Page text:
FBPO: Those were some great upright players. Did you play upright too?
HB: I did. I still do a little bit. But everything I did just was electric. That was what was called for. I was never that confident on the upright, but to this very day, I’m an upright lover.
FBPO: Did you set out to have a career in music, or did it just happen with each new opportunity?
HB: Each new opportunity. I was just making a living. That’s how I was earning my money and it was a thing that I loved to do. If you love what you do, life is good. That, basically, is what I was doing. I was playing in trios around New York, R&B gigs. I played with a band called The Exciters, a vocal group that had a big hit called, “Tell Him.” I toured with them all over the East Coast. That was my first big-time tour, and it was an amazing thing. I was put in the role of semi-bandleader to organize the band and it was great stuff. It was doo-wop. From that, I started playing all around town doing that stuff, playing little club dates. Then I got the call for Bob Dylan and I went from the minors to the majors.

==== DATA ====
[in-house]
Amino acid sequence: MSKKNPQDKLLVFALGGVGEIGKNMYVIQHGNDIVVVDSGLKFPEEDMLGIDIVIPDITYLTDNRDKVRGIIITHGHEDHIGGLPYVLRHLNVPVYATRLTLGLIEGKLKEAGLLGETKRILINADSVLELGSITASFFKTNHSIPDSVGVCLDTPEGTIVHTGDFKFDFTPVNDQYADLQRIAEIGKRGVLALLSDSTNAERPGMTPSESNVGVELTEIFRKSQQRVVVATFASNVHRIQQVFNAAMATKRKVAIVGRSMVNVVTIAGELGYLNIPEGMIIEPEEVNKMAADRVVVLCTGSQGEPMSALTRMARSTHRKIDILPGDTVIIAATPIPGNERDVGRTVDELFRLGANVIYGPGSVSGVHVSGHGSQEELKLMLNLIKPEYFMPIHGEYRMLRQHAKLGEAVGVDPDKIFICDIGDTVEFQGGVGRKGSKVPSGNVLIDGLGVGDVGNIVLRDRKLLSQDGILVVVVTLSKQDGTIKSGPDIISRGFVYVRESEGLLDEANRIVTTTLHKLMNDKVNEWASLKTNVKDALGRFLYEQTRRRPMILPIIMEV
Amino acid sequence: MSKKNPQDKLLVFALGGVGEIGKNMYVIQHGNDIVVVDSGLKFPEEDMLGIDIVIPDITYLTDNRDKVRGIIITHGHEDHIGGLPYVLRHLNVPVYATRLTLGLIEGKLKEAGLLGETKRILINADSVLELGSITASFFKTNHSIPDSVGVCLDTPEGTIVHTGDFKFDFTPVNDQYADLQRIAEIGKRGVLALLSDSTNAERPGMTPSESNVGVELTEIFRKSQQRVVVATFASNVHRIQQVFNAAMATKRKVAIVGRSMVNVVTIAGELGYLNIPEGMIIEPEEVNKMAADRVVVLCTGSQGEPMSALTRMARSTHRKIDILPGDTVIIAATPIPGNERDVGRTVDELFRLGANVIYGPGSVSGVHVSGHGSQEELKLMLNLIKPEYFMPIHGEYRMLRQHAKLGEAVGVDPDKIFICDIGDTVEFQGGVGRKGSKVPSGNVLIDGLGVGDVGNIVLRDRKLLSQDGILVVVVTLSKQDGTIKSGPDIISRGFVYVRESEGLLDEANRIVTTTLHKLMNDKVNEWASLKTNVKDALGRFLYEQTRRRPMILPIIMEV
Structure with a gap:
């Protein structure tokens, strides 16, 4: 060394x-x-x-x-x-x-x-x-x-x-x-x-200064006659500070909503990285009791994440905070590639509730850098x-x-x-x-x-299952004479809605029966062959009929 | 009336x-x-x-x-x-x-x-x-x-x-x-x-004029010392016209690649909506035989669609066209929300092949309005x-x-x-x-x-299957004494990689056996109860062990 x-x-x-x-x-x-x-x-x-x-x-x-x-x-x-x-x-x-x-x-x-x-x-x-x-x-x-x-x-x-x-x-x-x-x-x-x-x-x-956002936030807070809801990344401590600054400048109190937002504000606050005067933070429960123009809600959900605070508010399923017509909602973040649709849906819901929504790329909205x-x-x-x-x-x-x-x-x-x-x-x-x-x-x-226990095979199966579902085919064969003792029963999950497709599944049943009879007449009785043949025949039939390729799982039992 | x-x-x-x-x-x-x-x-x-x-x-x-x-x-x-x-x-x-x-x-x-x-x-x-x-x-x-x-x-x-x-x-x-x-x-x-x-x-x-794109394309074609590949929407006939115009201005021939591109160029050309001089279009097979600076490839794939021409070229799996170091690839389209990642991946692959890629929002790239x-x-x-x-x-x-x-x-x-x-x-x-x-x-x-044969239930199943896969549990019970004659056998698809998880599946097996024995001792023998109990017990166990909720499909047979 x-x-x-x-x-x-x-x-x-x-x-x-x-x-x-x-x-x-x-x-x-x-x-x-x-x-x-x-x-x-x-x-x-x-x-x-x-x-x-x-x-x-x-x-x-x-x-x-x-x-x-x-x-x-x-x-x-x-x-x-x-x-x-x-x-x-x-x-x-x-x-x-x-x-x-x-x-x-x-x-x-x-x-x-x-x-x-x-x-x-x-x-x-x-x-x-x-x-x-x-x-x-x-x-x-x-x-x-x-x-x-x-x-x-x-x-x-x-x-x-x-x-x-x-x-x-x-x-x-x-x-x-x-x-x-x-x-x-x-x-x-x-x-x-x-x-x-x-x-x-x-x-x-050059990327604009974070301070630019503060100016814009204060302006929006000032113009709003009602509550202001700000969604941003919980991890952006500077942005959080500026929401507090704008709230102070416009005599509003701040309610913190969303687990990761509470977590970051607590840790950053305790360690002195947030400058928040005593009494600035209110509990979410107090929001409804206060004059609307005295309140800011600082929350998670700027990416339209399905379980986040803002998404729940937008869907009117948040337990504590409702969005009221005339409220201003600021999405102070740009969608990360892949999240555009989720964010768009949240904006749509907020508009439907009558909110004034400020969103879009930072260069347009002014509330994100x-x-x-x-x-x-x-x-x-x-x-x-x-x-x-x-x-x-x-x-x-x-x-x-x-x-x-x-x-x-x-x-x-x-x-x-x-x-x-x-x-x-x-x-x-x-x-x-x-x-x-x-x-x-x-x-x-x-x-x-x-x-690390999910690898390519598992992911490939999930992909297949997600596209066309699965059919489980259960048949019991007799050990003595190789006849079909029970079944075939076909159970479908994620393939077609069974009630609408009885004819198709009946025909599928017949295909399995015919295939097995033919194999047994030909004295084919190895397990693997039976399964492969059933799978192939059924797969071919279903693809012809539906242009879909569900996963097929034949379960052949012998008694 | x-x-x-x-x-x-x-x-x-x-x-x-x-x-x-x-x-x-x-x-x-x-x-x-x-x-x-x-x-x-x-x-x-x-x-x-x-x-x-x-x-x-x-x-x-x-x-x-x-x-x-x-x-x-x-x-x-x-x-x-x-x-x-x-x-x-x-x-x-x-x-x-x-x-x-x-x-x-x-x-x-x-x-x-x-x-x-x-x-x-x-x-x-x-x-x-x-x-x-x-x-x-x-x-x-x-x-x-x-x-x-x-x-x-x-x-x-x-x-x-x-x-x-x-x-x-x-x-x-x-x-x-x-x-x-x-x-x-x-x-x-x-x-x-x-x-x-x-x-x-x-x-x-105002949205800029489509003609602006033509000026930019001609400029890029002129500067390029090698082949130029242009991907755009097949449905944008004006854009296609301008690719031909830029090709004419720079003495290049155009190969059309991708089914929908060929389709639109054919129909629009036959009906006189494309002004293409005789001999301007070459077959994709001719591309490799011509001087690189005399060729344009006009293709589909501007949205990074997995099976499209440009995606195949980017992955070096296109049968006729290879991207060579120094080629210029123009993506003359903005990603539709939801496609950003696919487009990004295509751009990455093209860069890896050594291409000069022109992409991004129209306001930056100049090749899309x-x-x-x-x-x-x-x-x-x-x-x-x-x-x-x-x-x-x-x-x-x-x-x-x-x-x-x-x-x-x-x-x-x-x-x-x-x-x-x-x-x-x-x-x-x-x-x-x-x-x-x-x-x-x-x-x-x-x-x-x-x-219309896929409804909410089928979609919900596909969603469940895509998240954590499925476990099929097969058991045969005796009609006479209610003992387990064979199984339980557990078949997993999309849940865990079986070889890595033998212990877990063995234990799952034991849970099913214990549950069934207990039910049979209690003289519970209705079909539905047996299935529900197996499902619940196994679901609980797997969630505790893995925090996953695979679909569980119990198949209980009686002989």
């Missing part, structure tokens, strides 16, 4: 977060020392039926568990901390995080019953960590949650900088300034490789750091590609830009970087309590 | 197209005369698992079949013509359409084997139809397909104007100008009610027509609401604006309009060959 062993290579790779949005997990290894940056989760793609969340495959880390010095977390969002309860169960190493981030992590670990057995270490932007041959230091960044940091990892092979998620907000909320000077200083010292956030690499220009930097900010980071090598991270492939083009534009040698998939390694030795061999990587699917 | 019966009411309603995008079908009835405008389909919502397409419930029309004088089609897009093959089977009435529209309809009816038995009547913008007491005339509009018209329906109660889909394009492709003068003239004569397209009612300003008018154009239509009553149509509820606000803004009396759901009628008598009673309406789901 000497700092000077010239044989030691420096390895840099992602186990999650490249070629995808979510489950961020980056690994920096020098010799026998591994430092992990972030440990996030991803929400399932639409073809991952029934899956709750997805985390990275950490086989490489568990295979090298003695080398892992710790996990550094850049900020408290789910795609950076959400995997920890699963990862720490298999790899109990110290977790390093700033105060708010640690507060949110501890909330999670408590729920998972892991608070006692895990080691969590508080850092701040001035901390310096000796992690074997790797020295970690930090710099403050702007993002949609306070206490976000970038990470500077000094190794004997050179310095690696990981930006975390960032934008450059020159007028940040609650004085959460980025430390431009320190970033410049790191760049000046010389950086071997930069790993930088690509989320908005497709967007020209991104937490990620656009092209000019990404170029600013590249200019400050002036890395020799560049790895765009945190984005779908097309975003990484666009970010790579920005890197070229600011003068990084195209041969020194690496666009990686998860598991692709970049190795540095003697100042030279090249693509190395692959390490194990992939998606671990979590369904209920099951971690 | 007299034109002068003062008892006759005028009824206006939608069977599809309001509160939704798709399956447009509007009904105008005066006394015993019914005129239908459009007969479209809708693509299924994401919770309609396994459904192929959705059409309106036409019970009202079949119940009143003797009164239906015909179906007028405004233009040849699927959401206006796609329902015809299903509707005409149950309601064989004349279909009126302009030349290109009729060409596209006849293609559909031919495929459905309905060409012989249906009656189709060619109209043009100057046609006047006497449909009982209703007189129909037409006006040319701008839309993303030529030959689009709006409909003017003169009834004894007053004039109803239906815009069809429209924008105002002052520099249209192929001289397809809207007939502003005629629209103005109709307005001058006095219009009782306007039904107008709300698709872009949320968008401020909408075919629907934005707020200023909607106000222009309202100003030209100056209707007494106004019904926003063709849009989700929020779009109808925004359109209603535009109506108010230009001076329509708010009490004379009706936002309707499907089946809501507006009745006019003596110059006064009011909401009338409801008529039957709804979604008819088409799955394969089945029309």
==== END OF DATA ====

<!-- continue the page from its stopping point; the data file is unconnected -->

FBPO: Who called you? Al Kooper?
HB: Al Kooper. I was playing a lot. I was able to work. When the Kooper call came, Al and I had been messing around over the years. We played in bands together. We had played at the World’s Fair together. That was when Dylan and … the bass players that Dylan was using, Russ Savakus … these were good bass players, but they were a little stiff for him, I guess. And Kooper, he knew I’m a pretty flexible guy, so he called me up for the gig. And that was the beginning of an actual career outside of being a road guy.
FBPO: Was that around the time Dylan was making his transition from the acoustic folk thing to more of an electric thing, and upsetting a lot of people in the process?
HB: Oh yeah! It made it wonderful. The tension, the extra tension in the air. Dylan has always been a brilliant all-around guy. He knew what he wanted. He knew what he liked. He didn’t need anybody to tell him, but he still was open for advice and to listen. He didn’t say much to me, Bob. We had a little conversation here and there, but I was just laying down the part of what felt good with whatever else was going on. And I had help from Bobby Gregg, the drummer, without any rehearsals. Bob had gone through a number of scenarios, and thank God this one clicked.